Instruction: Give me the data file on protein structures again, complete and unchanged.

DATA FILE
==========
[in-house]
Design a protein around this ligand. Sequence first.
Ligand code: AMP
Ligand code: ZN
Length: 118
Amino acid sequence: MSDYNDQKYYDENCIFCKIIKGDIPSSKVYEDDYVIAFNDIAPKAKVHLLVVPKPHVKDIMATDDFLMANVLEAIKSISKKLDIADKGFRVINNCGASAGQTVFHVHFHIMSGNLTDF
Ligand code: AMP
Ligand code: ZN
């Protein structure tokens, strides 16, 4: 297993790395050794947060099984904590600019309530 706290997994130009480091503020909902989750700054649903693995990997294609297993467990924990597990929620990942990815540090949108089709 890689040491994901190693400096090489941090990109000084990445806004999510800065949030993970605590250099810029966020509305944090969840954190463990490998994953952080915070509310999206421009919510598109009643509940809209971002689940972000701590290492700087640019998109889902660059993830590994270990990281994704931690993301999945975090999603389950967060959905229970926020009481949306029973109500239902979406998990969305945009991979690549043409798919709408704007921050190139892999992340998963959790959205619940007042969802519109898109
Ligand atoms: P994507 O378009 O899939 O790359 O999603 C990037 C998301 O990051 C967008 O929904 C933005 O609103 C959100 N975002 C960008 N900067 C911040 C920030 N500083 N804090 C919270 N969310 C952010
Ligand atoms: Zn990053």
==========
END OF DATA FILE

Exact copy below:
[in-house]
Design a protein around this ligand. Sequence first.
Ligand code: AMP
Ligand code: ZN
Length: 118
Amino acid sequence: MSDYNDQKYYDENCIFCKIIKGDIPSSKVYEDDYVIAFNDIAPKAKVHLLVVPKPHVKDIMATDDFLMANVLEAIKSISKKLDIADKGFRVINNCGASAGQTVFHVHFHIMSGNLTDF
Ligand code: AMP
Ligand code: ZN
């Protein structure tokens, strides 16, 4: 297993790395050794947060099984904590600019309530 706290997994130009480091503020909902989750700054649903693995990997294609297993467990924990597990929620990942990815540090949108089709 890689040491994901190693400096090489941090990109000084990445806004999510800065949030993970605590250099810029966020509305944090969840954190463990490998994953952080915070509310999206421009919510598109009643509940809209971002689940972000701590290492700087640019998109889902660059993830590994270990990281994704931690993301999945975090999603389950967060959905229970926020009481949306029973109500239902979406998990969305945009991979690549043409798919709408704007921050190139892999992340998963959790959205619940007042969802519109898109
Ligand atoms: P994507 O378009 O899939 O790359 O999603 C990037 C998301 O990051 C967008 O929904 C933005 O609103 C959100 N975002 C960008 N900067 C911040 C920030 N500083 N804090 C919270 N969310 C952010
Ligand atoms: Zn990053």